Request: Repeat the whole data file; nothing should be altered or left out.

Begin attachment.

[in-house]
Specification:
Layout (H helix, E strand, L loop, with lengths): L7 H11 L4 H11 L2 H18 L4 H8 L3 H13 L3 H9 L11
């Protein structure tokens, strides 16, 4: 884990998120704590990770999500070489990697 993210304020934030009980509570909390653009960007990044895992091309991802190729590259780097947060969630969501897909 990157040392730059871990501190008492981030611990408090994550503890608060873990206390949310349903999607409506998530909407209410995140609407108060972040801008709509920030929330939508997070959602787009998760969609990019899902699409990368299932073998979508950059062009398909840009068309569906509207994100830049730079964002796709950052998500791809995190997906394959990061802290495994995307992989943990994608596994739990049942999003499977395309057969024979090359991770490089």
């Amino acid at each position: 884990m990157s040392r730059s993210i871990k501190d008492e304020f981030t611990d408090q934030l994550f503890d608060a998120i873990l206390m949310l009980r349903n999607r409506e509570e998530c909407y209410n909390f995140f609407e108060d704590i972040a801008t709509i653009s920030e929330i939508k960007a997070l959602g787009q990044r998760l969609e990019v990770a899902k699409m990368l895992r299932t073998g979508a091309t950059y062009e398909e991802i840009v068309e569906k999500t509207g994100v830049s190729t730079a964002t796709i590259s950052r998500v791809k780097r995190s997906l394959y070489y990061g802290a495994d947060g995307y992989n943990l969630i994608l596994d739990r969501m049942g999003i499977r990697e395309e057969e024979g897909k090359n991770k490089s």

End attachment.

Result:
[in-house]
Specification:
Layout (H helix, E strand, L loop, with lengths): L7 H11 L4 H11 L2 H18 L4 H8 L3 H13 L3 H9 L11
């Protein structure tokens, strides 16, 4: 884990998120704590990770999500070489990697 993210304020934030009980509570909390653009960007990044895992091309991802190729590259780097947060969630969501897909 990157040392730059871990501190008492981030611990408090994550503890608060873990206390949310349903999607409506998530909407209410995140609407108060972040801008709509920030929330939508997070959602787009998760969609990019899902699409990368299932073998979508950059062009398909840009068309569906509207994100830049730079964002796709950052998500791809995190997906394959990061802290495994995307992989943990994608596994739990049942999003499977395309057969024979090359991770490089």
């Amino acid at each position: 884990m990157s040392r730059s993210i871990k501190d008492e304020f981030t611990d408090q934030l994550f503890d608060a998120i873990l206390m949310l009980r349903n999607r409506e509570e998530c909407y209410n909390f995140f609407e108060d704590i972040a801008t709509i653009s920030e929330i939508k960007a997070l959602g787009q990044r998760l969609e990019v990770a899902k699409m990368l895992r299932t073998g979508a091309t950059y062009e398909e991802i840009v068309e569906k999500t509207g994100v830049s190729t730079a964002t796709i590259s950052r998500v791809k780097r995190s997906l394959y070489y990061g802290a495994d947060g995307y992989n943990l969630i994608l596994d739990r969501m049942g999003i499977r990697e395309e057969e024979g897909k090359n991770k490089s």